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Getting a car to one million miles feels next-to-impossible. For many of us, just getting a car to 200,000 miles feels like an admirable feat. However, there are seven cars that have gone the distance and beyond, some from brands you might not expect. These cars (and trucks!) haven’t just joined the million-mile club, but they’ve gone beyond in showing the capabilities of the longest lasting cars of all time.

7. 1991 Chevy Silverado

In 1996, Frank Oresnik worked delivering steak and seafood from Wisconsin to Chicago every day. In hopes of getting a long-lasting, affordable truck, Oresnick bought a ’91 Chevy Silverado with 41,000 miles on the odometer. Little did he know that he would eventually make that pickup one of the longest-lasting trucks of all time.
By 2008, he had run his truck past a million miles. A few years later, he hit the 1.29 million mark. In talking to NPR, Oresnik said he got a head start from the original owner, who added Zeibart undercoating protection to the undercarriage. The rest was simply routine maintenance, and the truck used its original engine for its entire lifespan.

6. 1983 Lincoln Town Car

Chet Belisle is a Kansas man with a penchant for road tripping. Over the years, he managed to run his ’83 Lincoln Town Car 1.3 million miles before ABC7 caught up with him for a checkup in 2009. Amazingly, Belisle said the car had never broken down to that point, though the odometer flipped back to zero a few times. He had Lincoln replace every part with a lifetime guarantee and was obsessive about tune-ups and maintenance over the years.

5. 1963 Volkswagen Beetle

A 1963 Volkswagen Beetle in blue, parked at a car show, the Beetle is included  a million mile car
1963 Volkswagen Beetle | Dean Mouhtaropoulos/Getty Images

If there is one thing most million-mile cars have in common, it’s build quality. An exception here is the Volkswagen Beetle SoCal native Albert Klein bought for $1,900 in 1963. Sporting imitation leather seats and a $5 outside mirror as an option, this car was not made for the long haul. Klein was determined, however, and the L.A. Times reported he replaced the engine seven times on his way to the milestone he reached in 1987. The final count before the indestructible Bug’s retirement was 1.61 million miles.

4. 1963 Plymouth Fury

A 1963 Plymouth Fury driving
1963 Plymouth Fury | Bob D’Olivo/The Enthusiast Network via Getty Images/Getty Images

To reach 1.62 million miles in the same car, you need to take special care of it and have great luck, too. Joseph Vaillancourt, a Montreal-based taxi driver who drove his 1963 Plymouth close to the all-time record, was indeed lucky until the very end. Just a few hundred miles from claiming the Guinness World Record for mileage in 1999, Vaillancourt’s Fury was totaled by a truck running a red light. (Source: CBC)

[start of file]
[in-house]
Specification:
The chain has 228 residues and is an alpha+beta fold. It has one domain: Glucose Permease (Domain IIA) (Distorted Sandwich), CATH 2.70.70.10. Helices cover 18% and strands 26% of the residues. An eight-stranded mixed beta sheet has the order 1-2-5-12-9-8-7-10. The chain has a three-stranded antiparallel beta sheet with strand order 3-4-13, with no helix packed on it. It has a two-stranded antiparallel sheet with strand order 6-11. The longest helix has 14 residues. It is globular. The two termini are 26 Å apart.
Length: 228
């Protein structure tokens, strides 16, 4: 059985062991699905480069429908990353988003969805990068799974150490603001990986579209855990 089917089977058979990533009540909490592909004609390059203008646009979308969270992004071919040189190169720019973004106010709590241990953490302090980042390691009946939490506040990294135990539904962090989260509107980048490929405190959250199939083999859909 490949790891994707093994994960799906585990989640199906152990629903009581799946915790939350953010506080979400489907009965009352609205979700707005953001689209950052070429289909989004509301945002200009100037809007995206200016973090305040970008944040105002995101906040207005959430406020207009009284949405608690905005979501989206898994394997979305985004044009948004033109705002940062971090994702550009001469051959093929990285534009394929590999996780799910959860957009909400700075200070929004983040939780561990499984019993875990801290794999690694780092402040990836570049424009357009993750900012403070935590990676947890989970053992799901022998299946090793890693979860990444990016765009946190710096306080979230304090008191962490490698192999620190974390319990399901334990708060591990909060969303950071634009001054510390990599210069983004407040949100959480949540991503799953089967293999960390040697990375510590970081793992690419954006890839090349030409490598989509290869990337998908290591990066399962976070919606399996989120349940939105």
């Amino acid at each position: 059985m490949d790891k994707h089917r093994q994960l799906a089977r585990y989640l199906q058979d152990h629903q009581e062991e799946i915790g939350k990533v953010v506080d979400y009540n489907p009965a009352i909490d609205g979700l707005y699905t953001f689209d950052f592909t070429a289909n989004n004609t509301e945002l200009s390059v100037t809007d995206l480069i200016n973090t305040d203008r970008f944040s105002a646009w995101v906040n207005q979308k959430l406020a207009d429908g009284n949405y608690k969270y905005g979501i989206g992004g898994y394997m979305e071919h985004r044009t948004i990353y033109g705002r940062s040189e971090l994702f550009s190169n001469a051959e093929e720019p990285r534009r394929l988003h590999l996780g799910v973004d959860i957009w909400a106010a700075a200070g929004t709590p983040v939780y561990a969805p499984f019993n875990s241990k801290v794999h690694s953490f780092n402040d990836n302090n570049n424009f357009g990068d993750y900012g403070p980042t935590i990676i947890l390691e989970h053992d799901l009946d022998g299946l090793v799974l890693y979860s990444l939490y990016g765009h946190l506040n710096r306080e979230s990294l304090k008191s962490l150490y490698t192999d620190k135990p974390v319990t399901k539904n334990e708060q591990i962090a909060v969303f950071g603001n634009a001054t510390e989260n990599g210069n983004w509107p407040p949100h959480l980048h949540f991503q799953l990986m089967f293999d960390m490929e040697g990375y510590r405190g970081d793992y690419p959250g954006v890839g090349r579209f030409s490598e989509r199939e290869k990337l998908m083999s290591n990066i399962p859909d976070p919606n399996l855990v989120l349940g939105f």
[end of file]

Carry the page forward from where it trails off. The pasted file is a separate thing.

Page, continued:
3. 1979 Volvo 245 GL

There is no human-interest story behind the 1979 Volvo 245 GL that reached 1.63 million miles in 2014. A Finnish logistics operation called S.E. Makinen ran this model to its extreme mileage total as a company car. According to an article translated from the original Finnish, S.E. Makinen’s manager said it had been driven with care. We’re guessing all its maintenance checks went as scheduled, too.

2. 1976 Mercedes-Benz 240D

Reaching 1 million miles is one thing, but hitting 2 million is among the rarest of accomplishments for a vehicle. Gregorios Sachinidis, a Greek cab driver who drove a 1976 Mercedes 240D, actually passed 2.85 million miles between 1981 and 2004. At that point, Mercedes acknowledged it as the longest-running car in the brand’s history and traded Sachinidis a brand-new C-Class model for his 240D, which it put on display in the company’s museum.

1. 1966 Volvo P1800

There is a rather extensive club of million-mile cars and even one that flew past 2 million. However, only one ever reached 3 million miles and kept driving. That car is a 1966 Volvo P1800 belonging to Irv Gordon of Long Island, NY. Gordon claimed the Guinness World Record back in 2014 when he’d posted 3.04 million miles.

His advice is the same as many others: Follow maintenance guidelines, change the oil, wash your car regularly, and use genuine parts. In an interview with the Indy Star, Gordon also endorsed buying gasoline at a high-volume station to keep gunk from building up in the engine. Finally, he said to trust automakers over dealers. “Do what the manual calls for, not what the dealer calls for,” Gordon said. “People who built the car wrote the manual.”

 Source: The High Mile Club

This article was updated for freshness on June 27, 2023.